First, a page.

The state gambling commission voted unanimously Thursday to allow commercial developers to move forward with proposals for a casino in Southeastern Massachusetts, providing a potential fallback in case the Mashpee Wampanoag Tribe is not able to clear all the legal hurdles it faces to build a tribal casino.
The commission decided to begin soliciting bids from gambling companies interested in vying for casino development rights in the region, even though the tribe continues to insist it has made significant progress toward building a casino in Taunton.
In a statement, the tribal chairman said the decision to allow both the tribe and commercial developers to proceed with their own proposals, potentially allowing two casinos to be built in the area, could jeopardize all casino proposals across the state.
“At a time when we need to create thousands of jobs in every corner of the state and put people back to work, this is a major step backwards,’’ said Cedric Cromwell, chairman of the Mashpee Wampanoag Tribe. He also pointed out that the tribe has suffered a “long succession of broken promises by the government” over the past 400 years.
When the state law was passed in 2011, state lawmakers originally decided to freeze commercial development in Southeastern Massachusetts to give the the Mashpee Wampanoag tribe the first crack at building a casino in that region.
But the tribe still faces a number of difficult legal hurdles to winning federal approval for a site.
The tribe already controls land in Taunton at the junction of Routes 24 and 140. But the federal government has yet to classify that as tribal land exempt from state gambling regulations.
The Mashpee Wampanoag have asked the US Department of the Interior to take the property into trust on the tribe’s behalf, which would make the land eligible to host tribal gambling. But a 2009 US Supreme Court ruling cast doubt on the federal government’s ability to legally take land into trust for many tribes, such as Mashpee Wampanoag.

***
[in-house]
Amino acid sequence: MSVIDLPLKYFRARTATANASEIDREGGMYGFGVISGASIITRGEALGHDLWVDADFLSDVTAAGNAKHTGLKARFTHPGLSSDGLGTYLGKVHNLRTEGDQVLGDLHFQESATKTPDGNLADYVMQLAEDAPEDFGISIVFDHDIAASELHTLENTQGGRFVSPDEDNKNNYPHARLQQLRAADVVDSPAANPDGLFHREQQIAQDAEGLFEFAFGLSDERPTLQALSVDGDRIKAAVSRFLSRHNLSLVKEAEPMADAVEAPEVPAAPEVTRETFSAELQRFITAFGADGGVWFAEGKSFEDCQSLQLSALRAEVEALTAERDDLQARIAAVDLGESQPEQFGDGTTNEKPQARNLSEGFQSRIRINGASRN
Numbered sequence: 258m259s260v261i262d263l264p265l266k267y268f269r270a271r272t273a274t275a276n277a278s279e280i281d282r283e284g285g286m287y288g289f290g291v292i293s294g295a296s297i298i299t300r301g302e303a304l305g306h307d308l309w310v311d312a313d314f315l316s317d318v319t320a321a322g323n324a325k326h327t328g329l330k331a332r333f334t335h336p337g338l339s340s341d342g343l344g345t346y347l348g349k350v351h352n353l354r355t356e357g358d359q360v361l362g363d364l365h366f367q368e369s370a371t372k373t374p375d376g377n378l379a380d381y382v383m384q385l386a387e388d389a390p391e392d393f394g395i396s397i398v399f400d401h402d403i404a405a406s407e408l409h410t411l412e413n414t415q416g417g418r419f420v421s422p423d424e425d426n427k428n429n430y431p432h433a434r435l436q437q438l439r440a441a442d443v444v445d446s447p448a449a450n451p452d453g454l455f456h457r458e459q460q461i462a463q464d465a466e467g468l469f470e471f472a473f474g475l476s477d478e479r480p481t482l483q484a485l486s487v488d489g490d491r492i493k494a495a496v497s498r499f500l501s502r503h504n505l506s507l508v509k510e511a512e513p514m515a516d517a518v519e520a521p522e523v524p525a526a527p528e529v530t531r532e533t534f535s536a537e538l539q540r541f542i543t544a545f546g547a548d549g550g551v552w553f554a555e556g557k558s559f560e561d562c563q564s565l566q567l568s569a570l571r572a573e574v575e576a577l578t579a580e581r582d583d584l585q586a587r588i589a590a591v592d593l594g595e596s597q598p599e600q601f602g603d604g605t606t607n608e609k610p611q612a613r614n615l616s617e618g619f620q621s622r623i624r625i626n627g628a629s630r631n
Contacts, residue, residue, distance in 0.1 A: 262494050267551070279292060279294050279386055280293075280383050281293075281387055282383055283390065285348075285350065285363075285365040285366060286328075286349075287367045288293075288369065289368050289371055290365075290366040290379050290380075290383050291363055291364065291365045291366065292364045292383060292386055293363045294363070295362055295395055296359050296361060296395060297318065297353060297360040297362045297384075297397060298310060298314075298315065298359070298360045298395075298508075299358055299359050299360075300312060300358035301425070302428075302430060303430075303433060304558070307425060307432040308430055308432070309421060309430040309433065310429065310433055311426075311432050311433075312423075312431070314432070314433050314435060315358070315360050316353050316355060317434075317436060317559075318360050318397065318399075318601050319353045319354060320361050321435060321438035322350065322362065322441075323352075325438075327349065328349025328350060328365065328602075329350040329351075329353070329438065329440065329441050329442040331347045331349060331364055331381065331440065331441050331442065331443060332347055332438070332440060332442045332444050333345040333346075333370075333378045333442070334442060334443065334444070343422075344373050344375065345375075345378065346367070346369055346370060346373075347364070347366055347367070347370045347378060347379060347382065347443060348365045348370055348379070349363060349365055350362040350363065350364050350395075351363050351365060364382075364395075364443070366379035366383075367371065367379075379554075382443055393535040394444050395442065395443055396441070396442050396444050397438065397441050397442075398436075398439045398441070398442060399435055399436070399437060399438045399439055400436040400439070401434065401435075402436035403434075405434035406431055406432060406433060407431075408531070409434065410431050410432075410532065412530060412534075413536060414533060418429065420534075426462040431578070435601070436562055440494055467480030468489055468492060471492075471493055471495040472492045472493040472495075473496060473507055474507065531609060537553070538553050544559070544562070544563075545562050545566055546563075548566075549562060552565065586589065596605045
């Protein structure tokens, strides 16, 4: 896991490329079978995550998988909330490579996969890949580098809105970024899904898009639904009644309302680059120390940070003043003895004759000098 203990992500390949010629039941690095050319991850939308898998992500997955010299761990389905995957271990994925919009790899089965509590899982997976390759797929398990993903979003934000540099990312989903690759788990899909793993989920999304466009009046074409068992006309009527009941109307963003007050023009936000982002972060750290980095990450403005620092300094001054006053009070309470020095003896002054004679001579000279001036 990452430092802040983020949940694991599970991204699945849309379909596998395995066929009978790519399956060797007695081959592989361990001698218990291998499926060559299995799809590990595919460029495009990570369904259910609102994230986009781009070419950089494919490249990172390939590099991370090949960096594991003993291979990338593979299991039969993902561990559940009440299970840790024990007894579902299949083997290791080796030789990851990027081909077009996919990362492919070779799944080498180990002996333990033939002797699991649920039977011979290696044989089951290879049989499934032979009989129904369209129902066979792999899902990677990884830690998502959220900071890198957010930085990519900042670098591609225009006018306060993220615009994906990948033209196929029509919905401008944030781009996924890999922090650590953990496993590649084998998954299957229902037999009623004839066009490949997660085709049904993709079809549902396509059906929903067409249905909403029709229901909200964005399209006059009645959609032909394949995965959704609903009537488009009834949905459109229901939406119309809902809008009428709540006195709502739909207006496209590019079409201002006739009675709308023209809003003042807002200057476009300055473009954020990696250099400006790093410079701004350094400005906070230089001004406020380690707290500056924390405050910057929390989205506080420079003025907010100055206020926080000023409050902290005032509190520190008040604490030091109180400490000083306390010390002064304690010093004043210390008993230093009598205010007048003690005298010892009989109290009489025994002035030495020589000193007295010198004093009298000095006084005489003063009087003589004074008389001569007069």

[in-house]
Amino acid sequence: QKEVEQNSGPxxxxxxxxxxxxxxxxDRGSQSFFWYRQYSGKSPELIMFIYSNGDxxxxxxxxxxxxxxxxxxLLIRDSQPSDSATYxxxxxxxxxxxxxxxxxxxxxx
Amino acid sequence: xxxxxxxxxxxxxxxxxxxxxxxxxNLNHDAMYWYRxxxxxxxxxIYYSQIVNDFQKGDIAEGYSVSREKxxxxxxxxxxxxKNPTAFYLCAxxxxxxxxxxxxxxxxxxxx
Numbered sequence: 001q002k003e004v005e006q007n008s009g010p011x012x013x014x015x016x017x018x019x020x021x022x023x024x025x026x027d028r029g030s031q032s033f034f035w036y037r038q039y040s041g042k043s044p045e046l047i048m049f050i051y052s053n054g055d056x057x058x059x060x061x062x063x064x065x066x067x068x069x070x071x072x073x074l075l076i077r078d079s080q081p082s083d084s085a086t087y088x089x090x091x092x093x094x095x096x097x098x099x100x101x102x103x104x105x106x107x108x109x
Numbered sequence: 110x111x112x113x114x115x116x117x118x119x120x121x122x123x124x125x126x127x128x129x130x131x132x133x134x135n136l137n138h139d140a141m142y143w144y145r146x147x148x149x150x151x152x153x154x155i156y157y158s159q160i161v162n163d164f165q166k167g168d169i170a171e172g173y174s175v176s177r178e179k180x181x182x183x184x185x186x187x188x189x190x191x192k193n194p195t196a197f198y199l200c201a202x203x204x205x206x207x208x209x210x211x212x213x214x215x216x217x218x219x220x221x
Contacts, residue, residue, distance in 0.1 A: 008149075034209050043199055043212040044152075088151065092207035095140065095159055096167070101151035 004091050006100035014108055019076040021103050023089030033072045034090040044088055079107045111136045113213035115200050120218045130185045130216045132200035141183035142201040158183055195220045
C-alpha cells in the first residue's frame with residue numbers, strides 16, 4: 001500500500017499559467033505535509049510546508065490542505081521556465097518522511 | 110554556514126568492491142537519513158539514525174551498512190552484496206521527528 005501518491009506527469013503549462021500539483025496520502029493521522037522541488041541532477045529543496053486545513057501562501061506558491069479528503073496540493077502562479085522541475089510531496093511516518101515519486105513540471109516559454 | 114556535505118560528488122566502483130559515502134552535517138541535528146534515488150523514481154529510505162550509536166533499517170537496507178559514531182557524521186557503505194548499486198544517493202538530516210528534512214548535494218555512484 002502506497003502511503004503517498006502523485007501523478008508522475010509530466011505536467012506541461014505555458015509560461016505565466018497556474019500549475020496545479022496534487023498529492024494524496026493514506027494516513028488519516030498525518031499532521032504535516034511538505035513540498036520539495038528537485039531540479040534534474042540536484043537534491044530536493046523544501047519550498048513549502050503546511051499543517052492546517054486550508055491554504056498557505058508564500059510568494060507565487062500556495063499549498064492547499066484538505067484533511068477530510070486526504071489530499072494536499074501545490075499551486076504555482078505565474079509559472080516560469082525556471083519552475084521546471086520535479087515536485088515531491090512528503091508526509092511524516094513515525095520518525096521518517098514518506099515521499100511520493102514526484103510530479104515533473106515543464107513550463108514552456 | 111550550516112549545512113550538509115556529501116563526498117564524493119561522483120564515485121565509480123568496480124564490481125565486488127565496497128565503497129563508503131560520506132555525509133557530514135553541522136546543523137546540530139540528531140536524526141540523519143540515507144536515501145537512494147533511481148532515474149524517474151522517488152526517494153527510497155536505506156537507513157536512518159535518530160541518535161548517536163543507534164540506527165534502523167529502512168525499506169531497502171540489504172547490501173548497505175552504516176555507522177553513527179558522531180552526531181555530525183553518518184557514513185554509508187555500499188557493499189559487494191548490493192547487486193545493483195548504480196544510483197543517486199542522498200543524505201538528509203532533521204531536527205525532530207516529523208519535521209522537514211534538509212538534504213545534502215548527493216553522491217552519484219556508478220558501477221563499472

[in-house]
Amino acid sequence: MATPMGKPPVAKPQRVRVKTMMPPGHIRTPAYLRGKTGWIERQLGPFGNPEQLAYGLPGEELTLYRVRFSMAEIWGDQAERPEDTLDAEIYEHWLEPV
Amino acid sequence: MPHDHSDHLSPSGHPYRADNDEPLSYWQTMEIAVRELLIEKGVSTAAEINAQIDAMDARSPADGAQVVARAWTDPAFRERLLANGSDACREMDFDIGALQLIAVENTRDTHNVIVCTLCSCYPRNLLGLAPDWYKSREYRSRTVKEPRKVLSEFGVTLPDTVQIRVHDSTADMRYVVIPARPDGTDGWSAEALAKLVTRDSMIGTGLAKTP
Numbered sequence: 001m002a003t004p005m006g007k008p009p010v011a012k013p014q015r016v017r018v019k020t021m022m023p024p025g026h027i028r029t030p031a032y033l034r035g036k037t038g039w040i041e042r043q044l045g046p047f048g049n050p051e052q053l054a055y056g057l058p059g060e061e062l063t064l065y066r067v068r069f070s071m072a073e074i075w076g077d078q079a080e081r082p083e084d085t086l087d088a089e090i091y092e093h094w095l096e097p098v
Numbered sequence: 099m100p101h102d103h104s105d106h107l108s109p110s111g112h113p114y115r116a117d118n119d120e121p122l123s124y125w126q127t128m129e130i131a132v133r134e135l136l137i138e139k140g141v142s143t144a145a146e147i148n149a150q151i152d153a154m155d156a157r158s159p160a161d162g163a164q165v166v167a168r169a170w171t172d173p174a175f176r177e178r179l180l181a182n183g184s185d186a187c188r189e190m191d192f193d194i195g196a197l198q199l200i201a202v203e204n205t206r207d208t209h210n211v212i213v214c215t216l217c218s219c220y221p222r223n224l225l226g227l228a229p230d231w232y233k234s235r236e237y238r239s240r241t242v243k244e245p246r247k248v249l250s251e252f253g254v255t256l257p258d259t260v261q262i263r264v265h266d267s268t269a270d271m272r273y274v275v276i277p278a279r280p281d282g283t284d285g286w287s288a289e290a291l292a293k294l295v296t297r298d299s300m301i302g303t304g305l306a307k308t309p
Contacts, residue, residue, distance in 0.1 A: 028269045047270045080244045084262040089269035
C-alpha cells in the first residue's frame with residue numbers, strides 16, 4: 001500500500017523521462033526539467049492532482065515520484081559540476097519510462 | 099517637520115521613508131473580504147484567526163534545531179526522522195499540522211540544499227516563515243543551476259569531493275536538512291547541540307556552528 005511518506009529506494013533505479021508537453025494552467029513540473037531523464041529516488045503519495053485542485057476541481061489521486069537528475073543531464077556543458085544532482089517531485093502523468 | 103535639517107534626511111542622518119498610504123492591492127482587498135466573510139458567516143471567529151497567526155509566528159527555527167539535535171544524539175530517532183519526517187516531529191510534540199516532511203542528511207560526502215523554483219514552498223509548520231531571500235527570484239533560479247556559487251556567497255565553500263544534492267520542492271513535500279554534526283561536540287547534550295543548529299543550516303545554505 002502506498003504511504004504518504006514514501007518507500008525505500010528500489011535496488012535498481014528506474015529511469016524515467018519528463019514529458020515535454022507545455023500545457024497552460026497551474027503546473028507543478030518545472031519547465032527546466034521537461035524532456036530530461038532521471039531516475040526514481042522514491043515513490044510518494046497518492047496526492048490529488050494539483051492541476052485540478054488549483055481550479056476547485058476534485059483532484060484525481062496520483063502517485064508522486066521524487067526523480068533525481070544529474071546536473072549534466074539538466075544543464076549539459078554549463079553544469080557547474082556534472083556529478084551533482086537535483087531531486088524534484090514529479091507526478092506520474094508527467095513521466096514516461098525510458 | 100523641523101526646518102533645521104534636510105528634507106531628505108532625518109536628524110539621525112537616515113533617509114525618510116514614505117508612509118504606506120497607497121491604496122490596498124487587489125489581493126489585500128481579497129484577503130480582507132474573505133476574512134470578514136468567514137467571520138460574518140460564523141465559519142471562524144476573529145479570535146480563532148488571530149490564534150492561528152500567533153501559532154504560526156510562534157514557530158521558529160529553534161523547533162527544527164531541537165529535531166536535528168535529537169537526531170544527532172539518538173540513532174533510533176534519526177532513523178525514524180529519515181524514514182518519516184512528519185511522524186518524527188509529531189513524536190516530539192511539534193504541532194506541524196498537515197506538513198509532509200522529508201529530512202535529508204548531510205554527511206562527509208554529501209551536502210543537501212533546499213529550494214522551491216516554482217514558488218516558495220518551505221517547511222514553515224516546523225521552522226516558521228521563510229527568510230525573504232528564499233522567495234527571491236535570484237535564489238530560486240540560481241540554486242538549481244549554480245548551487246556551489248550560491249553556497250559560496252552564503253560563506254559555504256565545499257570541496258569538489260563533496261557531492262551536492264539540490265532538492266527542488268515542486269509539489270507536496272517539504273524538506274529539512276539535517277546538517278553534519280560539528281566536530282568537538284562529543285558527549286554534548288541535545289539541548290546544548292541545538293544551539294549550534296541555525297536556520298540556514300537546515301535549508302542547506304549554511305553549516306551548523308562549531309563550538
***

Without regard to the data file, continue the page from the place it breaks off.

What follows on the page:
That means that even if the federal government did act, the decision could be held up by court challenges
In the meantime, commission chairman Stephen Crosby recently said that “the commission would be shirking its fundamental responsibilities if it failed to look at alternatives.”
Despite the decision, the tribe can still go forward with its own proposal. There is no guarantee the commission will award any commercial licenses. The commission is considered unlikely to approve a commercial casino license under state rules if it believes the tribe is about to win federal approval for a casino of its own.
The commission plans to make a decision on whether to award a commercial license after “taking into consideration everything going on in the region, including the status of the tribe,” when the application period ends in late 2014, Crosby said. But a commercial casino could face legal questions of its own. The Mashpee Wampanoag have questioned the commission’s legal authority to solicit commercial applications for a casino in the southeast region and could potentially challenge the decision in court.